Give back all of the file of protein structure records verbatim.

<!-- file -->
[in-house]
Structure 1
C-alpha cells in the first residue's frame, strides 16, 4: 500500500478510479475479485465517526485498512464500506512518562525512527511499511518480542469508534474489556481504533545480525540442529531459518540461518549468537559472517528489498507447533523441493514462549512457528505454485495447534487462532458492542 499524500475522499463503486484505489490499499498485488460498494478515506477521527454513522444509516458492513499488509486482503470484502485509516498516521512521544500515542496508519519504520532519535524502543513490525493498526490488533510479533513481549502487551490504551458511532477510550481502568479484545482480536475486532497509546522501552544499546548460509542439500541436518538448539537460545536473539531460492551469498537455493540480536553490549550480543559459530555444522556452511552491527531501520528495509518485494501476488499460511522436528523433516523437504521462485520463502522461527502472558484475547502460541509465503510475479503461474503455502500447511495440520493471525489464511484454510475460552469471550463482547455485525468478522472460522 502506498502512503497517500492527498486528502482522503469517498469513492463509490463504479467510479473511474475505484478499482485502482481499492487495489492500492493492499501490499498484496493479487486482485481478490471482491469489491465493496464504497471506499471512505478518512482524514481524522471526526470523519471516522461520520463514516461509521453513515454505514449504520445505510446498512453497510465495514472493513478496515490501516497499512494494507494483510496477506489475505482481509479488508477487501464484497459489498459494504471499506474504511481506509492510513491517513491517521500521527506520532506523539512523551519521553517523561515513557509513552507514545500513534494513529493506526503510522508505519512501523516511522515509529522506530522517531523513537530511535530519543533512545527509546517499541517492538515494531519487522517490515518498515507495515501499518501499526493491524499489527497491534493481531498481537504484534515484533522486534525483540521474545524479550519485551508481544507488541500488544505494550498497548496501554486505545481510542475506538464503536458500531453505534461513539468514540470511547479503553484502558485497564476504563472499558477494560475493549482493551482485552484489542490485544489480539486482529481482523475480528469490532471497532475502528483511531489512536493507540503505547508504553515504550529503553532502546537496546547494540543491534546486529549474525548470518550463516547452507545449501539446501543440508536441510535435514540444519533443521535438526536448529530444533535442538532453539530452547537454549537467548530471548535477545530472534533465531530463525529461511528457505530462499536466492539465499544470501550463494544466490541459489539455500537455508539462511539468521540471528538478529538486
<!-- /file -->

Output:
[in-house]
Structure 1
C-alpha cells in the first residue's frame, strides 16, 4: 500500500478510479475479485465517526485498512464500506512518562525512527511499511518480542469508534474489556481504533545480525540442529531459518540461518549468537559472517528489498507447533523441493514462549512457528505454485495447534487462532458492542 499524500475522499463503486484505489490499499498485488460498494478515506477521527454513522444509516458492513499488509486482503470484502485509516498516521512521544500515542496508519519504520532519535524502543513490525493498526490488533510479533513481549502487551490504551458511532477510550481502568479484545482480536475486532497509546522501552544499546548460509542439500541436518538448539537460545536473539531460492551469498537455493540480536553490549550480543559459530555444522556452511552491527531501520528495509518485494501476488499460511522436528523433516523437504521462485520463502522461527502472558484475547502460541509465503510475479503461474503455502500447511495440520493471525489464511484454510475460552469471550463482547455485525468478522472460522 502506498502512503497517500492527498486528502482522503469517498469513492463509490463504479467510479473511474475505484478499482485502482481499492487495489492500492493492499501490499498484496493479487486482485481478490471482491469489491465493496464504497471506499471512505478518512482524514481524522471526526470523519471516522461520520463514516461509521453513515454505514449504520445505510446498512453497510465495514472493513478496515490501516497499512494494507494483510496477506489475505482481509479488508477487501464484497459489498459494504471499506474504511481506509492510513491517513491517521500521527506520532506523539512523551519521553517523561515513557509513552507514545500513534494513529493506526503510522508505519512501523516511522515509529522506530522517531523513537530511535530519543533512545527509546517499541517492538515494531519487522517490515518498515507495515501499518501499526493491524499489527497491534493481531498481537504484534515484533522486534525483540521474545524479550519485551508481544507488541500488544505494550498497548496501554486505545481510542475506538464503536458500531453505534461513539468514540470511547479503553484502558485497564476504563472499558477494560475493549482493551482485552484489542490485544489480539486482529481482523475480528469490532471497532475502528483511531489512536493507540503505547508504553515504550529503553532502546537496546547494540543491534546486529549474525548470518550463516547452507545449501539446501543440508536441510535435514540444519533443521535438526536448529530444533535442538532453539530452547537454549537467548530471548535477545530472534533465531530463525529461511528457505530462499536466492539465499544470501550463494544466490541459489539455500537455508539462511539468521540471528538478529538486